range() and enumerate()


The usual way to iterate over a range of numbers or a list in python, is to use range().

Example 0:

colors = ["yellow", "red", "blue", "white", "black"]

for i in range(len(colors)):
    print(i, colors[i])

This should output:

(0, 'yellow')
(1, 'red')
(2, 'blue')
(3, 'white')
(4, 'black')

print(), by default, returns a tuple. If we want to print it in a more presentable way, we’ll need to find the indice at which each value is, and print that as well. Re-write the code a bit, to achieve the desired output:

colors = ["yellow", "red", "blue", "white", "black"]

for i in range(len(colors)):
    color = colors[i]
    print("%d: %s" % (i, color))

This should print:

0: yellow
1: red
2: blue
3: white
4: black

We can see that the above output starts with ‘0’ since python starts counting from ‘0’. To change that to ‘1’, we’ll need to tweak the print() statement.

colors = ["yellow", "red", "blue", "white", "black"]

for i in range(len(colors)):
    color = colors[i]
    print("%d: %s" % (i + 1, color))

This should print:

1: yellow
2: red
3: blue
4: white
5: black

Even though the above code snippet isn’t that complex, a much better way exists to do this. This is where the builtin function enumerate() comes in.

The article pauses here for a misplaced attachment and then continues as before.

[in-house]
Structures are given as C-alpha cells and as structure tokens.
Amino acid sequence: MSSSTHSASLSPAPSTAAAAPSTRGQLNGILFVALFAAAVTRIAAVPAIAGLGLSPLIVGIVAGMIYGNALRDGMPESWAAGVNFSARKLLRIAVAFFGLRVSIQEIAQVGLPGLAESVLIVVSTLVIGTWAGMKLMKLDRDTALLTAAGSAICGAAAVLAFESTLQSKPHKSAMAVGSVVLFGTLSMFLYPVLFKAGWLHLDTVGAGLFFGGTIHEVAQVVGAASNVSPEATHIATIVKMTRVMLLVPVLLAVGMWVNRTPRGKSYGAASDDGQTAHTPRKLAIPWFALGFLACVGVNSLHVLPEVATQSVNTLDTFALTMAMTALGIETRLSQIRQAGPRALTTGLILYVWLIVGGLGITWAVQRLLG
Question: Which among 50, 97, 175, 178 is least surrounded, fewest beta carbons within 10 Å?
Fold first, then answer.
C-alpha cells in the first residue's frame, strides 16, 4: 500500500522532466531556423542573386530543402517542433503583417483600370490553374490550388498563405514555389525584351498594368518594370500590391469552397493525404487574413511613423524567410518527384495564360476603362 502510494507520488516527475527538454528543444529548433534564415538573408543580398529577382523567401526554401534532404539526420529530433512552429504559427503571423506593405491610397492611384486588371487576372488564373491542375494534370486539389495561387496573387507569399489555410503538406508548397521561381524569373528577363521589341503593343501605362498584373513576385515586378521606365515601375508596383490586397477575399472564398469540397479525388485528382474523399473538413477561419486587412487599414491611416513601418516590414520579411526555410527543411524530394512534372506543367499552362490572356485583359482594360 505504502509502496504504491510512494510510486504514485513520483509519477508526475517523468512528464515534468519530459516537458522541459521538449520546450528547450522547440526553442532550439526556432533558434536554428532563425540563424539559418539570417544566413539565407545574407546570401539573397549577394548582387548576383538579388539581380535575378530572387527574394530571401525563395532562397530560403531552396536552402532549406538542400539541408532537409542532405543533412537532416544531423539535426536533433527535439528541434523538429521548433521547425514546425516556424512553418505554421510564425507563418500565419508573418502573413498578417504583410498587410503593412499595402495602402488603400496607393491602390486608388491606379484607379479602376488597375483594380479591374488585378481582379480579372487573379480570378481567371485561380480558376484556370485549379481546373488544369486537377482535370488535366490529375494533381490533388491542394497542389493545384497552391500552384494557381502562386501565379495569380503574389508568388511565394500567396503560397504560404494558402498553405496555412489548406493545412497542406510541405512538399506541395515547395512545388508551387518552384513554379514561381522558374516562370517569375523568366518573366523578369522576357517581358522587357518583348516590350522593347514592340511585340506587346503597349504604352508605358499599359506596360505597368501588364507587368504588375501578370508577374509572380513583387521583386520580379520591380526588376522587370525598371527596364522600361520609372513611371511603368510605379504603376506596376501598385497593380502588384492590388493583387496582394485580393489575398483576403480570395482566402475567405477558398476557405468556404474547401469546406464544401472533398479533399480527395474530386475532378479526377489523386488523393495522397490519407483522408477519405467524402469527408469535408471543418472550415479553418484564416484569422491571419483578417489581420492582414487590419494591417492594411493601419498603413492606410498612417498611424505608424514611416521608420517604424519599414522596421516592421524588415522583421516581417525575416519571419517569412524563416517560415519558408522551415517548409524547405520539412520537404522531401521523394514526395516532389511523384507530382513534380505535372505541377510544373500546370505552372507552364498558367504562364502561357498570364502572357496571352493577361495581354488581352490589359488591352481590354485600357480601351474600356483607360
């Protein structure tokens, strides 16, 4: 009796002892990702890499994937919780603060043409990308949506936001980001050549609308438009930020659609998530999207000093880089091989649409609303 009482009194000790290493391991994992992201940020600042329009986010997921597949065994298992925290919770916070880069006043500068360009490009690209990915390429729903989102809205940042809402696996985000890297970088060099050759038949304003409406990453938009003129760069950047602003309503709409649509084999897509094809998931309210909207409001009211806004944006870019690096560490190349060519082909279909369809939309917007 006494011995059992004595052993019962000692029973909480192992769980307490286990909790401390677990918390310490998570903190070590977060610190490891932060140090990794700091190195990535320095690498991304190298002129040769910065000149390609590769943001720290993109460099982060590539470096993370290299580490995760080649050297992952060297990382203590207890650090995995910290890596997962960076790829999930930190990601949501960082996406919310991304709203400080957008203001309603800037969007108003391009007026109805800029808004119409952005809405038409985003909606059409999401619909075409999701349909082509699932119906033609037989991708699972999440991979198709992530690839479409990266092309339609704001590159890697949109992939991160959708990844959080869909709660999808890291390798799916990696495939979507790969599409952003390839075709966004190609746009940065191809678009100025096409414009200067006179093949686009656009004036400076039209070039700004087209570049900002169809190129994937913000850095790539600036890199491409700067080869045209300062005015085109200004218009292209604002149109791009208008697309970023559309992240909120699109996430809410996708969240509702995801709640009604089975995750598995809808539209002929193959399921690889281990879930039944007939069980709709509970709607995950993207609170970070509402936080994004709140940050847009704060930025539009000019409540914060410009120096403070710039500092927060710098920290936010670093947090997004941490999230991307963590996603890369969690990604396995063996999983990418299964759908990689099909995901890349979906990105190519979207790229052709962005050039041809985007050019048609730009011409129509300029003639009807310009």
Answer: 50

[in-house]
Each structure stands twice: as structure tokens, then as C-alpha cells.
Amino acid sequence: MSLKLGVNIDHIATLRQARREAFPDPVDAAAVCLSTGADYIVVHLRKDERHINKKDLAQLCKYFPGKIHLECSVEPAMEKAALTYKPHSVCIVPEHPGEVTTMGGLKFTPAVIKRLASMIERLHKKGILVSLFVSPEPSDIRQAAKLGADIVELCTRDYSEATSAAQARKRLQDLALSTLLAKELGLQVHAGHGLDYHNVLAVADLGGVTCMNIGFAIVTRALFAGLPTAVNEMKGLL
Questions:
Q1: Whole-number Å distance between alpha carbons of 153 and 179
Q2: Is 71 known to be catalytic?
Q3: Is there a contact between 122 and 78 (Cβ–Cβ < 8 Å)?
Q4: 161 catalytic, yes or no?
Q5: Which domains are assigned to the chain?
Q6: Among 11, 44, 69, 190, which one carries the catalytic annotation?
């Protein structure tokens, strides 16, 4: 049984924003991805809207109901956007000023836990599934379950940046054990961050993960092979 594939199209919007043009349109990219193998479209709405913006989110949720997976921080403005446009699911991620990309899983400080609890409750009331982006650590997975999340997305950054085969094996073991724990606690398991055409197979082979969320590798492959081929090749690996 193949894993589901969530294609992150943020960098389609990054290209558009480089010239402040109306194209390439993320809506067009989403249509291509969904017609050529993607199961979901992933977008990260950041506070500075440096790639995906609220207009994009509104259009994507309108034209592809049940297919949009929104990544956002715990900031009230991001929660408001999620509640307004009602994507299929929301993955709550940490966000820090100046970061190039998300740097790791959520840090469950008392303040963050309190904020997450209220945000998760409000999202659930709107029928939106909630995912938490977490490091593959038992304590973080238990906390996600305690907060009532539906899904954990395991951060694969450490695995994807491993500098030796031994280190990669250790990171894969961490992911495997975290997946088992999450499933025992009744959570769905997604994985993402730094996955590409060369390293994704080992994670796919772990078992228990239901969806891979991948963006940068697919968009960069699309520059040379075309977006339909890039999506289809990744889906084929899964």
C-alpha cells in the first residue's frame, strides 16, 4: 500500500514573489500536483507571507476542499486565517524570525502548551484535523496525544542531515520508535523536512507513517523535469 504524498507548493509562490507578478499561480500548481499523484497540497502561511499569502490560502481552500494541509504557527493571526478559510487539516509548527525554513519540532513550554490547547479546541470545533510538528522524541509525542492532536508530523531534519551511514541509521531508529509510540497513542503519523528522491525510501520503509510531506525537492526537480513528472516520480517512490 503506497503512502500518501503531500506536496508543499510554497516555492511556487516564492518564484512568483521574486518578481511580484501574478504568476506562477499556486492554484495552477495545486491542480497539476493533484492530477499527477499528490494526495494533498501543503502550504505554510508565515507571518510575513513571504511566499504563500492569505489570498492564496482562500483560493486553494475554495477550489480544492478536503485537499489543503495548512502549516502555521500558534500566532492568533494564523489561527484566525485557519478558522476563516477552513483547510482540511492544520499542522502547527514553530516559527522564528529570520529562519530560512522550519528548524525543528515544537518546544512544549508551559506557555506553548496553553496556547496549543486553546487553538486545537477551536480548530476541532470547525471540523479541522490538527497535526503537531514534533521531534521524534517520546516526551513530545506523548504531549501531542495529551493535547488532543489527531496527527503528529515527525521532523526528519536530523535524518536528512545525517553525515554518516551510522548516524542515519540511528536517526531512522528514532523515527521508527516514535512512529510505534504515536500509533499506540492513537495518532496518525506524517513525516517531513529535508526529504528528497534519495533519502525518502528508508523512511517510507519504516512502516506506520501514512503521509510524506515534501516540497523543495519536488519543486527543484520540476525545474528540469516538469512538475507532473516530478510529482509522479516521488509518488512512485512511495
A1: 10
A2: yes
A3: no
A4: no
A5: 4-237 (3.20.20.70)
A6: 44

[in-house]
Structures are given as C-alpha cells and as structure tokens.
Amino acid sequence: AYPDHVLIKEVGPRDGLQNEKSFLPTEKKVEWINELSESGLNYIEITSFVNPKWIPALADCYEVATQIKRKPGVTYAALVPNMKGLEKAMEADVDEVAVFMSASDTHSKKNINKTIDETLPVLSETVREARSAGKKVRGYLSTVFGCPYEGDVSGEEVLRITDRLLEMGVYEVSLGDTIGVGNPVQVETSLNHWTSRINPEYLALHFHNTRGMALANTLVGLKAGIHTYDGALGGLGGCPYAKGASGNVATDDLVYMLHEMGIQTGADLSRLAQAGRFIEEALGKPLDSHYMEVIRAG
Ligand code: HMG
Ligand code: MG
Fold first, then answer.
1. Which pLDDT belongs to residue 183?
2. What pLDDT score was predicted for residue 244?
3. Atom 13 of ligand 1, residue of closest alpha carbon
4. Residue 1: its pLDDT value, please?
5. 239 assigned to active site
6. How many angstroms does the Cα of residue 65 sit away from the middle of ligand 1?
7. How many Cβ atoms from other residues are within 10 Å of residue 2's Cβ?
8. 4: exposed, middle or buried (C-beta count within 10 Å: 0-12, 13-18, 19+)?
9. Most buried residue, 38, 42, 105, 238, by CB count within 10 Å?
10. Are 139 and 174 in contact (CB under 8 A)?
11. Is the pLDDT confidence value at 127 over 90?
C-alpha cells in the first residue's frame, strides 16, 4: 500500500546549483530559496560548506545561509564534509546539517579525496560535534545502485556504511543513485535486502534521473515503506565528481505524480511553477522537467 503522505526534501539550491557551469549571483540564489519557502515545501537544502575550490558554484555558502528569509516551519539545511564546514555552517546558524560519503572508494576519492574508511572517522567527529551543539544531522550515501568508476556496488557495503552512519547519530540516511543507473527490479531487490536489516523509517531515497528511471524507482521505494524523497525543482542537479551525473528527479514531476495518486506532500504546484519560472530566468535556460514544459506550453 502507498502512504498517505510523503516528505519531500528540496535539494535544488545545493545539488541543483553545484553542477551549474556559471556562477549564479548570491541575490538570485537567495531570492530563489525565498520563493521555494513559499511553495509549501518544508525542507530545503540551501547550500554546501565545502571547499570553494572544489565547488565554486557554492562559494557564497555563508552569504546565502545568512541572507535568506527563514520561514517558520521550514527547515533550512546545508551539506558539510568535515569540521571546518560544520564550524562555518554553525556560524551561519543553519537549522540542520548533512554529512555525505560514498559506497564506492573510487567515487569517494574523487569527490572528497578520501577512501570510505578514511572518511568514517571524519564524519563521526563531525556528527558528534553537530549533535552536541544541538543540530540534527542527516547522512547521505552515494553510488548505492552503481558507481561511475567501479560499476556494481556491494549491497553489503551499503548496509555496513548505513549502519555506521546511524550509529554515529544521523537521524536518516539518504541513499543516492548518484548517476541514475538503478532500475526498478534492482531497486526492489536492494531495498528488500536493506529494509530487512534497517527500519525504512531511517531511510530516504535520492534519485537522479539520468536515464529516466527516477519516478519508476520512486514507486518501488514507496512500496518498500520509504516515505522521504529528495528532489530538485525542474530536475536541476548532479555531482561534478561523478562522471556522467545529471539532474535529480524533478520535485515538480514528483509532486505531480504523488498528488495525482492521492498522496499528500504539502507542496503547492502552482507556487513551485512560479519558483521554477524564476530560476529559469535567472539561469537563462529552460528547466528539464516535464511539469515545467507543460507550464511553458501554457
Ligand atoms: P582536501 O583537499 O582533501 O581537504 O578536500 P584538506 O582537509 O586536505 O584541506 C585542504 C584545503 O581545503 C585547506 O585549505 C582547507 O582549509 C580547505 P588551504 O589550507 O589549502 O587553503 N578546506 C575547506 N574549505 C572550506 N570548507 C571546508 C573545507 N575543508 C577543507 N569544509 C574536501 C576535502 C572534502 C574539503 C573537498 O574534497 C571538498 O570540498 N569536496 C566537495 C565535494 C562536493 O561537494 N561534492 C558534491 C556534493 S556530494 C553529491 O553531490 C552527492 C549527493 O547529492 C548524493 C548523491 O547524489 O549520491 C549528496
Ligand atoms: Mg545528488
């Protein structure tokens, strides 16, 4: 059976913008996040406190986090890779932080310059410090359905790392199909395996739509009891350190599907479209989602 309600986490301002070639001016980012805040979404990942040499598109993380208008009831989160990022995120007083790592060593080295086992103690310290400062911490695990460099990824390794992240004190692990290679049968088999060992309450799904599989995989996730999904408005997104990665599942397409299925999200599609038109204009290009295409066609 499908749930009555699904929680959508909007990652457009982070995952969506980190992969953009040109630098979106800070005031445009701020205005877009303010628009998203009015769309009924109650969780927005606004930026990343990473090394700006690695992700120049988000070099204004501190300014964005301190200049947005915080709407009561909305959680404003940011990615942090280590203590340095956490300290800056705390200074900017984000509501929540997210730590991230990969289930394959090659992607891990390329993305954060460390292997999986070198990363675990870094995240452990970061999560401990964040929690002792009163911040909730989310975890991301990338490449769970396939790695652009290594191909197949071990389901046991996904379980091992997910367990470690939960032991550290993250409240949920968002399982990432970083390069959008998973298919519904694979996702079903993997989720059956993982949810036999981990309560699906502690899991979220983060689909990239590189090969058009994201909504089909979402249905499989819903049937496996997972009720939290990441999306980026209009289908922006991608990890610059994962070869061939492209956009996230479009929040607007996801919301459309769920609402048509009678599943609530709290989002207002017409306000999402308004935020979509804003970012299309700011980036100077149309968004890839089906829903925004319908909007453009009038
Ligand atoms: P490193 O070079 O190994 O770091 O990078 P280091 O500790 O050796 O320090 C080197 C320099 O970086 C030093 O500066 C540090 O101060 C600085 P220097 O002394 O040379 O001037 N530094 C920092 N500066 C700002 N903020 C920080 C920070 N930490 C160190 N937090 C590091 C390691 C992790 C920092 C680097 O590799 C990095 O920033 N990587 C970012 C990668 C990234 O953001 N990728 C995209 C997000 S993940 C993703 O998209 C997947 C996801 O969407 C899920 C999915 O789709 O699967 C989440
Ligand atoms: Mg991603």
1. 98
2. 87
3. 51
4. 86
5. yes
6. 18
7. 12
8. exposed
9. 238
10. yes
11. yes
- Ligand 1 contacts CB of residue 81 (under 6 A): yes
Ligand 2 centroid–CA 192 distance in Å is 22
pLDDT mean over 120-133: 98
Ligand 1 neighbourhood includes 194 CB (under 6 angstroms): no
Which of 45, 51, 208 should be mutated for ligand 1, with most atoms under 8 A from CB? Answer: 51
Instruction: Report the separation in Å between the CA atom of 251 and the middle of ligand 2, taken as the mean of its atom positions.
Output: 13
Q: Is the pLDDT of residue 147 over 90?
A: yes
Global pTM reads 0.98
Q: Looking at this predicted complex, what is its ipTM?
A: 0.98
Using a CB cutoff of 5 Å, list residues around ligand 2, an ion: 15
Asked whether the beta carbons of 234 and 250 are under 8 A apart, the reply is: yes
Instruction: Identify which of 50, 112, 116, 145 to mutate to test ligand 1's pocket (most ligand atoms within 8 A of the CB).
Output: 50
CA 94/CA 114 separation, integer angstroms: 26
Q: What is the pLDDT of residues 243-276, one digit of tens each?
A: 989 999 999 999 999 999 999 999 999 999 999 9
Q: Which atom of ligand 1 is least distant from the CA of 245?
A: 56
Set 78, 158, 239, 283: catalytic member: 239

enumerate() returns a tuple when passed an object which supports iteration, for example, a list. It also supports a second argument named ‘start‘ which default to 0, and can be changed depending on where to start the order. We’ll check what ‘start‘ is towards the end of this article.

colors = ["yellow", "red", "blue", "white", "black"]
print(list(enumerate(colors)))

This returns a list of a tuples.

[(0, 'yellow'), (1, 'red'), (2, 'blue'), (3, 'white'), (4, 'black')]

To get to what we desire, modify it as:

for i, color in enumerate(colors):
    print('%d: %s' % (i, color))

This outputs:

0: yellow
1: red
2: blue
3: white
4: black

Remember that we talked about that enumerate() takes a second value named ‘start‘ which defaults to ‘0’? Let’s check how that’ll help here.

The above output starts with ‘0’. ‘start’ can help to change that.

for i, color in enumerate(colors, start=1):
    print('%d: %s' % (i, color))

This should change the output as:

1: yellow
2: red
3: blue
4: white
5: black

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